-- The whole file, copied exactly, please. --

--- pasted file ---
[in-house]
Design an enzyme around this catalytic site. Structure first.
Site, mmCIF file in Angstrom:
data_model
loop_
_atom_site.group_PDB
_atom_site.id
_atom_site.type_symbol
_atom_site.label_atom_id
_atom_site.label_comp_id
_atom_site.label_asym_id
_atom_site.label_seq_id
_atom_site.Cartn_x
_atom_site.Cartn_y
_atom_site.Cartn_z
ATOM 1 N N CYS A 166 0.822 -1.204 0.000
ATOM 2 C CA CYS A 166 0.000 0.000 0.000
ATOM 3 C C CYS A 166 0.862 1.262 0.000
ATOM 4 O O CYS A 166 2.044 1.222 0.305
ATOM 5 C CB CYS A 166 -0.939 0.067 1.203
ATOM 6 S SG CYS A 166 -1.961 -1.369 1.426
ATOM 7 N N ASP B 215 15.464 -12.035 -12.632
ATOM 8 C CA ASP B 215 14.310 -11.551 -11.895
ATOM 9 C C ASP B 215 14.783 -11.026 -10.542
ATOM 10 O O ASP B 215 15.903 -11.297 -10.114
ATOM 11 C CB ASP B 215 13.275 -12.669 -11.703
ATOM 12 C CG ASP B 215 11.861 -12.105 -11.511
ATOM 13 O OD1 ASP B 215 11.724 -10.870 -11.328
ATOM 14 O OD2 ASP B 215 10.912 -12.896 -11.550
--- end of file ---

[in-house]
Design an enzyme around this catalytic site. Structure first.
Site, mmCIF file in Angstrom:
data_model
loop_
_atom_site.group_PDB
_atom_site.id
_atom_site.type_symbol
_atom_site.label_atom_id
_atom_site.label_comp_id
_atom_site.label_asym_id
_atom_site.label_seq_id
_atom_site.Cartn_x
_atom_site.Cartn_y
_atom_site.Cartn_z
ATOM 1 N N CYS A 166 0.822 -1.204 0.000
ATOM 2 C CA CYS A 166 0.000 0.000 0.000
ATOM 3 C C CYS A 166 0.862 1.262 0.000
ATOM 4 O O CYS A 166 2.044 1.222 0.305
ATOM 5 C CB CYS A 166 -0.939 0.067 1.203
ATOM 6 S SG CYS A 166 -1.961 -1.369 1.426
ATOM 7 N N ASP B 215 15.464 -12.035 -12.632
ATOM 8 C CA ASP B 215 14.310 -11.551 -11.895
ATOM 9 C C ASP B 215 14.783 -11.026 -10.542
ATOM 10 O O ASP B 215 15.903 -11.297 -10.114
ATOM 11 C CB ASP B 215 13.275 -12.669 -11.703
ATOM 12 C CG ASP B 215 11.861 -12.105 -11.511
ATOM 13 O OD1 ASP B 215 11.724 -10.870 -11.328
ATOM 14 O OD2 ASP B 215 10.912 -12.896 -11.550